- Whatever our military does it does in the name of Christ, as perceived by people in the Middle East. We may debate whether this is a Christian country, but to them we are a Christian country just as much as they are a Muslim country, Israel is a Jewish country, and India is a Hindu country. Whatever we do over there reflects on Christ, in their eyes. Every president we have had in recent history has claimed to be a Christian and so his reaction to the crisis over there is seen as a reflection of our leader, Jesus Christ, and so it should. Wouldn’t we as Christians want our leaders to ask themselves, “What would Jesus do”, and act accordingly? Including how and when to use drone missiles? Do we really have the luxury as Christians of separating what we do in some official secular capacity as somehow not falling under the lordship of Jesus Christ? What are we saying about Christ when the message we are sending them is, “We are going to occupy your poor miserable country and solve your religious, political, and social problems with our bombs and bullets.”? We may want to comfort ourselves by saying we are just protecting ourselves, but even if that were true that’s not the message they are getting. Just as in politics, perception is reality, and the message we are sending them is that we are an aggressor occupying force (which, regrettably, is a fair assessment). Our good intentions from this side of the ocean mean nothing to them on their side when we are killing their women and children. They in fact will be glad for someone, anyone, to provide some level of stability in the wake of our aggression, even if that someone is an extremist group they don’t even like.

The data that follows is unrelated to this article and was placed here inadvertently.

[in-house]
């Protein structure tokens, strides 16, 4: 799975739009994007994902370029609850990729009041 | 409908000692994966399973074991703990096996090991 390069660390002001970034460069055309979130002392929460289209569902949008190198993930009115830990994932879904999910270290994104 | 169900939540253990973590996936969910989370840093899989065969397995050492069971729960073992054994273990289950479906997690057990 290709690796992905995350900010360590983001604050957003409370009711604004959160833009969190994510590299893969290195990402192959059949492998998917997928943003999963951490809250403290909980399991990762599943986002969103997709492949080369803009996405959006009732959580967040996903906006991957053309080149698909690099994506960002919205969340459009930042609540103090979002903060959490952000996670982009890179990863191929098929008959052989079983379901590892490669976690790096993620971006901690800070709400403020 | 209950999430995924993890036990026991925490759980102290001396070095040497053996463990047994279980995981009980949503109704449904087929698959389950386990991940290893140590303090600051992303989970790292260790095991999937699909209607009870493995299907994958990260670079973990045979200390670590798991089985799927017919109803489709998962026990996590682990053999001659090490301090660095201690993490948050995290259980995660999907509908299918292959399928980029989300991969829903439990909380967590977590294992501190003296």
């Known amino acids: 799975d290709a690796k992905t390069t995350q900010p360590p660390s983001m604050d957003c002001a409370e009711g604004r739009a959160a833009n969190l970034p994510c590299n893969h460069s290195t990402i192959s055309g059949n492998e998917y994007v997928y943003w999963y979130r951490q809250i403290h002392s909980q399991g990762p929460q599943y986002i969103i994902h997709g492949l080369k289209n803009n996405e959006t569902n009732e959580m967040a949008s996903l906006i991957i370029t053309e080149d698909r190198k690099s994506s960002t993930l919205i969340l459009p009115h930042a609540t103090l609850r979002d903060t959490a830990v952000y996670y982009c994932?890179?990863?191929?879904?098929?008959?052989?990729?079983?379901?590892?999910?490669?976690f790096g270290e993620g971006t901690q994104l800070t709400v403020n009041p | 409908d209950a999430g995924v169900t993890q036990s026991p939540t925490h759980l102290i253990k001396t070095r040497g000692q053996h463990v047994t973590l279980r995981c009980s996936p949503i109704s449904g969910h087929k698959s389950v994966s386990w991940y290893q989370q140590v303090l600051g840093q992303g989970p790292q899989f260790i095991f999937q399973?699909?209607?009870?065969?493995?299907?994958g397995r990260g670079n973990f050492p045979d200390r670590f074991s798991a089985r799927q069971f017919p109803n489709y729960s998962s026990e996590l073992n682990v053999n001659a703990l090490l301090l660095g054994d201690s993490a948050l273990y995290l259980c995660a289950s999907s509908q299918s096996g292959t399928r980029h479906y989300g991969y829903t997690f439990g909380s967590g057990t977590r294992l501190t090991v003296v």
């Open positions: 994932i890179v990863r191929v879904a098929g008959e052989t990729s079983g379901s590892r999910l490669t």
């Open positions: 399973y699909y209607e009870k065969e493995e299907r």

- Our nation picking sides and pledging support for any group and hoping for a solution that will take longer than a year or two is not tenable or sustainable. We get a new president every four or eight years and that new president isn’t going to be hog-tied by the policies of the last president, and neither should he be except in the case of formal treaties between nations. Concerning the people who come to rely on our intervention, our picking sides has historically produced people that feel like they have been betrayed by our country and the Christian West when our policies change and we abandon them. This has happened so many times they simply don’t trust us anymore. Every president needs to ask himself what he is forcing the next president to support should he go through with his plans. We may want to blame President Obama for pulling all of our troops out of Iraq and creating a power vacuum for ISIS to fill but did President Bush really think every president after him would support his nation building efforts? It was different with his father’s campaign because that was a winnable war. Iraq advanced into Kuwait and President George H.W. Bush simply had to take the battle to an empty desert and cut off the invading army’s lifeline to their mother country. It only took four weeks to accomplish and once it was over it was over. We don’t have that luxury with terrorist organizations that don’t operate like standing armies. What worked in the 90’s won’t work in the 10’s. Some might call this “appeasement” but promoting alternatives to a kill-them-all-off approach can’t be compared to allowing Hitler to gain in strength as it’s often portrayed. Those analogies just don’t make sense in the Middle East of today.